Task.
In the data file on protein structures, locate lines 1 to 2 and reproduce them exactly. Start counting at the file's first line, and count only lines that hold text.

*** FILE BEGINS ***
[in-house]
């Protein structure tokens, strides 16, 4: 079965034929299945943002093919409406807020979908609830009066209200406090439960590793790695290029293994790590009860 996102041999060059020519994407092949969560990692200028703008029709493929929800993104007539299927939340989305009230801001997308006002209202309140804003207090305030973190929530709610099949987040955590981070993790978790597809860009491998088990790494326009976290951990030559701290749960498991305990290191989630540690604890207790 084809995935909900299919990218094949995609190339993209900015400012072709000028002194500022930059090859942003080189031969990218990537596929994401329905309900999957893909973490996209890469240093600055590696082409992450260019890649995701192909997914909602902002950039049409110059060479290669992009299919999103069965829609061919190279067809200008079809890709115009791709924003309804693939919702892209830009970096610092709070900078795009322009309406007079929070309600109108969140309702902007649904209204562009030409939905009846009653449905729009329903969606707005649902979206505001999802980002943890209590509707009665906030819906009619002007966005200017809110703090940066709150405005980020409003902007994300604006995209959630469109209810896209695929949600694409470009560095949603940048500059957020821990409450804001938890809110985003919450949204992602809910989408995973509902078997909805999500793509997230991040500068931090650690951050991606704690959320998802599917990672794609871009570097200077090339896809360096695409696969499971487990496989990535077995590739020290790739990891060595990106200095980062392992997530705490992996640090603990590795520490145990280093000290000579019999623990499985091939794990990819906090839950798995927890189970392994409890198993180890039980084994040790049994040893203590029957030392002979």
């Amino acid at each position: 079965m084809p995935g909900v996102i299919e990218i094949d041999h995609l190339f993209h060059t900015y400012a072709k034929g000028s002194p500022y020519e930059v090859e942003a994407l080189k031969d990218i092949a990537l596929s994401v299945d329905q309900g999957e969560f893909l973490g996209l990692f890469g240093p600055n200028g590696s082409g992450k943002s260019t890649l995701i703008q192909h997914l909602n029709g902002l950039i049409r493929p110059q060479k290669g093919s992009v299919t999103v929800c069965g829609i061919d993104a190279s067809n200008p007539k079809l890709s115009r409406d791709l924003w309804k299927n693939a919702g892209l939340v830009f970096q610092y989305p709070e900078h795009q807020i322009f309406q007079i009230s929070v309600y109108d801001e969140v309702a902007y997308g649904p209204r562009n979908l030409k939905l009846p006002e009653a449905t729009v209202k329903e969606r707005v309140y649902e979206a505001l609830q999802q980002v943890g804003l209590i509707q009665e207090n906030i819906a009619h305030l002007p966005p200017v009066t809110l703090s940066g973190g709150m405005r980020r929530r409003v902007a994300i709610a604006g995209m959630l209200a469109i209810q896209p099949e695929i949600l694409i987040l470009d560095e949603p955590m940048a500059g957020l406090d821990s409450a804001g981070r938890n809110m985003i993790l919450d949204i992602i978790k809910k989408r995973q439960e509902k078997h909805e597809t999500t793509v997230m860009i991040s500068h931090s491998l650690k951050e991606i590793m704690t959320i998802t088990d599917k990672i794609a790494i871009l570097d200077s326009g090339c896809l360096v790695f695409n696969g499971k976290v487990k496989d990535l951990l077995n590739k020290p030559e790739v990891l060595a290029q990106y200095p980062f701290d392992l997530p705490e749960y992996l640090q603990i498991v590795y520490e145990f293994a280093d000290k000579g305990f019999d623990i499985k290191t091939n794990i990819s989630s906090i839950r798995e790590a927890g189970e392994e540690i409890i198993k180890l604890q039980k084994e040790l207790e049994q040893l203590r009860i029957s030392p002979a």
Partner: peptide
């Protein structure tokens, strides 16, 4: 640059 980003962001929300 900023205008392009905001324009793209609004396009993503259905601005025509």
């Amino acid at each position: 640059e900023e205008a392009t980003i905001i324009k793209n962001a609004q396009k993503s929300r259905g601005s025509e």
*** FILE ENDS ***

[in-house]
């Protein structure tokens, strides 16, 4: 079965034929299945943002093919409406807020979908609830009066209200406090439960590793790695290029293994790590009860 996102041999060059020519994407092949969560990692200028703008029709493929929800993104007539299927939340989305009230801001997308006002209202309140804003207090305030973190929530709610099949987040955590981070993790978790597809860009491998088990790494326009976290951990030559701290749960498991305990290191989630540690604890207790 084809995935909900299919990218094949995609190339993209900015400012072709000028002194500022930059090859942003080189031969990218990537596929994401329905309900999957893909973490996209890469240093600055590696082409992450260019890649995701192909997914909602902002950039049409110059060479290669992009299919999103069965829609061919190279067809200008079809890709115009791709924003309804693939919702892209830009970096610092709070900078795009322009309406007079929070309600109108969140309702902007649904209204562009030409939905009846009653449905729009329903969606707005649902979206505001999802980002943890209590509707009665906030819906009619002007966005200017809110703090940066709150405005980020409003902007994300604006995209959630469109209810896209695929949600694409470009560095949603940048500059957020821990409450804001938890809110985003919450949204992602809910989408995973509902078997909805999500793509997230991040500068931090650690951050991606704690959320998802599917990672794609871009570097200077090339896809360096695409696969499971487990496989990535077995590739020290790739990891060595990106200095980062392992997530705490992996640090603990590795520490145990280093000290000579019999623990499985091939794990990819906090839950798995927890189970392994409890198993180890039980084994040790049994040893203590029957030392002979």